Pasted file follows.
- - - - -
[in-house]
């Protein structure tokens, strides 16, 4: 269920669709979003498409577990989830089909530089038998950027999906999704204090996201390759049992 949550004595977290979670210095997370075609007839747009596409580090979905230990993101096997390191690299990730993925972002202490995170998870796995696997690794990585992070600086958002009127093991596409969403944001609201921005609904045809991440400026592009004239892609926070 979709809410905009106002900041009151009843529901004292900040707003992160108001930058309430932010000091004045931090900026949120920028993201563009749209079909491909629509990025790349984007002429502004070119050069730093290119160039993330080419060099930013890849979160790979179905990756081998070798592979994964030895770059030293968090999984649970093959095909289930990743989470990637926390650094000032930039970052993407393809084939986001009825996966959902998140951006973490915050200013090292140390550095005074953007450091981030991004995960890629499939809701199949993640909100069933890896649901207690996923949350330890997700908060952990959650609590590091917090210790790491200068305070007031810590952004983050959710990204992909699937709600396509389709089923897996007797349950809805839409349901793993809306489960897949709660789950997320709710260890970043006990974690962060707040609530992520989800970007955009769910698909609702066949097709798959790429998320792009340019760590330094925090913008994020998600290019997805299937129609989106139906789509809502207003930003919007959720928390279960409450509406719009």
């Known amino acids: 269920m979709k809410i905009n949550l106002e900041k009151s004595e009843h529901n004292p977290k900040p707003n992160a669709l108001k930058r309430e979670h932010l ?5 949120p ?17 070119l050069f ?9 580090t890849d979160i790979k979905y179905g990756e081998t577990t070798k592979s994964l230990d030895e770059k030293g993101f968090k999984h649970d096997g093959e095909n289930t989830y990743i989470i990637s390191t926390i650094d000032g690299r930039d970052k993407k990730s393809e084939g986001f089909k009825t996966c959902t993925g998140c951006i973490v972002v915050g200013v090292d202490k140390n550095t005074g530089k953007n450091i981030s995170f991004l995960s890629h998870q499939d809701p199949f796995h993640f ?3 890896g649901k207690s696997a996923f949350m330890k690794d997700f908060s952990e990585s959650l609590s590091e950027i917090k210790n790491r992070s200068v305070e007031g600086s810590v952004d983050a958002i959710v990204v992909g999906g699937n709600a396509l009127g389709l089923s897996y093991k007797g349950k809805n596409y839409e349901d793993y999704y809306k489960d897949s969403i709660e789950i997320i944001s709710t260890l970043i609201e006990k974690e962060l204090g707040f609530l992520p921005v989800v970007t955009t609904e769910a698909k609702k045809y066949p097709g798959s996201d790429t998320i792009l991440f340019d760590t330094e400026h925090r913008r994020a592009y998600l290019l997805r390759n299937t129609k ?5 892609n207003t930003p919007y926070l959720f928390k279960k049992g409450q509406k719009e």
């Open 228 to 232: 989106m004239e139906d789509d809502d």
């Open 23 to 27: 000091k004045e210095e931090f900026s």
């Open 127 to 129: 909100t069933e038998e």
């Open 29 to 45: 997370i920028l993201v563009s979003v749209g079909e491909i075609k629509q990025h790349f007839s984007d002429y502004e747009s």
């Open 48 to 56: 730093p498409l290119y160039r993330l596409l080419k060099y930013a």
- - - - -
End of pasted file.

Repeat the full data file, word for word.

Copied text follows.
[in-house]
């Protein structure tokens, strides 16, 4: 269920669709979003498409577990989830089909530089038998950027999906999704204090996201390759049992 949550004595977290979670210095997370075609007839747009596409580090979905230990993101096997390191690299990730993925972002202490995170998870796995696997690794990585992070600086958002009127093991596409969403944001609201921005609904045809991440400026592009004239892609926070 979709809410905009106002900041009151009843529901004292900040707003992160108001930058309430932010000091004045931090900026949120920028993201563009749209079909491909629509990025790349984007002429502004070119050069730093290119160039993330080419060099930013890849979160790979179905990756081998070798592979994964030895770059030293968090999984649970093959095909289930990743989470990637926390650094000032930039970052993407393809084939986001009825996966959902998140951006973490915050200013090292140390550095005074953007450091981030991004995960890629499939809701199949993640909100069933890896649901207690996923949350330890997700908060952990959650609590590091917090210790790491200068305070007031810590952004983050959710990204992909699937709600396509389709089923897996007797349950809805839409349901793993809306489960897949709660789950997320709710260890970043006990974690962060707040609530992520989800970007955009769910698909609702066949097709798959790429998320792009340019760590330094925090913008994020998600290019997805299937129609989106139906789509809502207003930003919007959720928390279960409450509406719009």
């Known amino acids: 269920m979709k809410i905009n949550l106002e900041k009151s004595e009843h529901n004292p977290k900040p707003n992160a669709l108001k930058r309430e979670h932010l ?5 949120p ?17 070119l050069f ?9 580090t890849d979160i790979k979905y179905g990756e081998t577990t070798k592979s994964l230990d030895e770059k030293g993101f968090k999984h649970d096997g093959e095909n289930t989830y990743i989470i990637s390191t926390i650094d000032g690299r930039d970052k993407k990730s393809e084939g986001f089909k009825t996966c959902t993925g998140c951006i973490v972002v915050g200013v090292d202490k140390n550095t005074g530089k953007n450091i981030s995170f991004l995960s890629h998870q499939d809701p199949f796995h993640f ?3 890896g649901k207690s696997a996923f949350m330890k690794d997700f908060s952990e990585s959650l609590s590091e950027i917090k210790n790491r992070s200068v305070e007031g600086s810590v952004d983050a958002i959710v990204v992909g999906g699937n709600a396509l009127g389709l089923s897996y093991k007797g349950k809805n596409y839409e349901d793993y999704y809306k489960d897949s969403i709660e789950i997320i944001s709710t260890l970043i609201e006990k974690e962060l204090g707040f609530l992520p921005v989800v970007t955009t609904e769910a698909k609702k045809y066949p097709g798959s996201d790429t998320i792009l991440f340019d760590t330094e400026h925090r913008r994020a592009y998600l290019l997805r390759n299937t129609k ?5 892609n207003t930003p919007y926070l959720f928390k279960k049992g409450q509406k719009e």
């Open 228 to 232: 989106m004239e139906d789509d809502d």
């Open 23 to 27: 000091k004045e210095e931090f900026s």
């Open 127 to 129: 909100t069933e038998e």
């Open 29 to 45: 997370i920028l993201v563009s979003v749209g079909e491909i075609k629509q990025h790349f007839s984007d002429y502004e747009s």
């Open 48 to 56: 730093p498409l290119y160039r993330l596409l080419k060099y930013a």